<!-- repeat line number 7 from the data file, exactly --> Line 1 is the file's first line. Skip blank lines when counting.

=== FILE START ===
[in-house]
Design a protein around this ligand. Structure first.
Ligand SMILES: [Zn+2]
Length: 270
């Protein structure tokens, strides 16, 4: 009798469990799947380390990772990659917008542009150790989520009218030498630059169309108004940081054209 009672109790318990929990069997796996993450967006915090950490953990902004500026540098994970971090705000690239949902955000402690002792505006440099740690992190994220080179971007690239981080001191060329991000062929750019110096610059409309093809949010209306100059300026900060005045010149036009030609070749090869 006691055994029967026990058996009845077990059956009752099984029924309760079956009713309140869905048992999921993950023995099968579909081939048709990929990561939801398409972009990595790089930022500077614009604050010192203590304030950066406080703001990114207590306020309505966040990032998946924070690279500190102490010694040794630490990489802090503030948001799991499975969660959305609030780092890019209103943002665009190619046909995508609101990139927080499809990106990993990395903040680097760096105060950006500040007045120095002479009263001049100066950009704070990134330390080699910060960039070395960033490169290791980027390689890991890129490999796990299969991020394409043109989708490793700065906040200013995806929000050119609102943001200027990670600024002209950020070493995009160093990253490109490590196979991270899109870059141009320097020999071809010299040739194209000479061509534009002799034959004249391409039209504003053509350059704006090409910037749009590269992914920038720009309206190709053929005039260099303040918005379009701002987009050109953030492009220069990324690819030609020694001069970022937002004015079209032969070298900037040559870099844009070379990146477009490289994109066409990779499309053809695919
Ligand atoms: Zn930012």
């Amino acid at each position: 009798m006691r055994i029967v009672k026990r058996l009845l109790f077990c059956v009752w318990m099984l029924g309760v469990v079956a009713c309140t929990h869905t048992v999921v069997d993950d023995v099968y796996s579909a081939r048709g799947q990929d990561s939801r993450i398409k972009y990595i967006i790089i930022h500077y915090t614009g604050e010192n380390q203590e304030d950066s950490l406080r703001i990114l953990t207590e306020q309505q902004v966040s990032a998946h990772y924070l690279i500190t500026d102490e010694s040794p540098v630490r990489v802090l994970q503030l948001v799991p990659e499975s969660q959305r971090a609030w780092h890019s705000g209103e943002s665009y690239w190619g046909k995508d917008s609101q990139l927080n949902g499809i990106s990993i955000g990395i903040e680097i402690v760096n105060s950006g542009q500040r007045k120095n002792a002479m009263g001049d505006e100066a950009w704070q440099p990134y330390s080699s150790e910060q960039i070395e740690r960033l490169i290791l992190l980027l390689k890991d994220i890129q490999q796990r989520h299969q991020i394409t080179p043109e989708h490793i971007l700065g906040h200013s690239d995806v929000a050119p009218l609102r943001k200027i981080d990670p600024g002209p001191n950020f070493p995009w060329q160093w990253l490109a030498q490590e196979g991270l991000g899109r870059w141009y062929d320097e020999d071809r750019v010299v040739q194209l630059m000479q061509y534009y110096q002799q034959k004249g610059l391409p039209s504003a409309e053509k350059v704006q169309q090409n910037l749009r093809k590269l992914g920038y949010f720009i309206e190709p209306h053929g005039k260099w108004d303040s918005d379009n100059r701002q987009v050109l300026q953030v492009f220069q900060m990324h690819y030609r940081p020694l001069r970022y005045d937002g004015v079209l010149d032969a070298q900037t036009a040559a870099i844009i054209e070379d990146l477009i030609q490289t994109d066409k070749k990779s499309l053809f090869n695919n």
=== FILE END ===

């Amino acid at each position: 009798m006691r055994i029967v009672k026990r058996l009845l109790f077990c059956v009752w318990m099984l029924g309760v469990v079956a009713c309140t929990h869905t048992v999921v069997d993950d023995v099968y796996s579909a081939r048709g799947q990929d990561s939801r993450i398409k972009y990595i967006i790089i930022h500077y915090t614009g604050e010192n380390q203590e304030d950066s950490l406080r703001i990114l953990t207590e306020q309505q902004v966040s990032a998946h990772y924070l690279i500190t500026d102490e010694s040794p540098v630490r990489v802090l994970q503030l948001v799991p990659e499975s969660q959305r971090a609030w780092h890019s705000g209103e943002s665009y690239w190619g046909k995508d917008s609101q990139l927080n949902g499809i990106s990993i955000g990395i903040e680097i402690v760096n105060s950006g542009q500040r007045k120095n002792a002479m009263g001049d505006e100066a950009w704070q440099p990134y330390s080699s150790e910060q960039i070395e740690r960033l490169i290791l992190l980027l390689k890991d994220i890129q490999q796990r989520h299969q991020i394409t080179p043109e989708h490793i971007l700065g906040h200013s690239d995806v929000a050119p009218l609102r943001k200027i981080d990670p600024g002209p001191n950020f070493p995009w060329q160093w990253l490109a030498q490590e196979g991270l991000g899109r870059w141009y062929d320097e020999d071809r750019v010299v040739q194209l630059m000479q061509y534009y110096q002799q034959k004249g610059l391409p039209s504003a409309e053509k350059v704006q169309q090409n910037l749009r093809k590269l992914g920038y949010f720009i309206e190709p209306h053929g005039k260099w108004d303040s918005d379009n100059r701002q987009v050109l300026q953030v492009f220069q900060m990324h690819y030609r940081p020694l001069r970022y005045d937002g004015v079209l010149d032969a070298q900037t036009a040559a870099i844009i054209e070379d990146l477009i030609q490289t994109d066409k070749k990779s499309l053809f090869n695919n």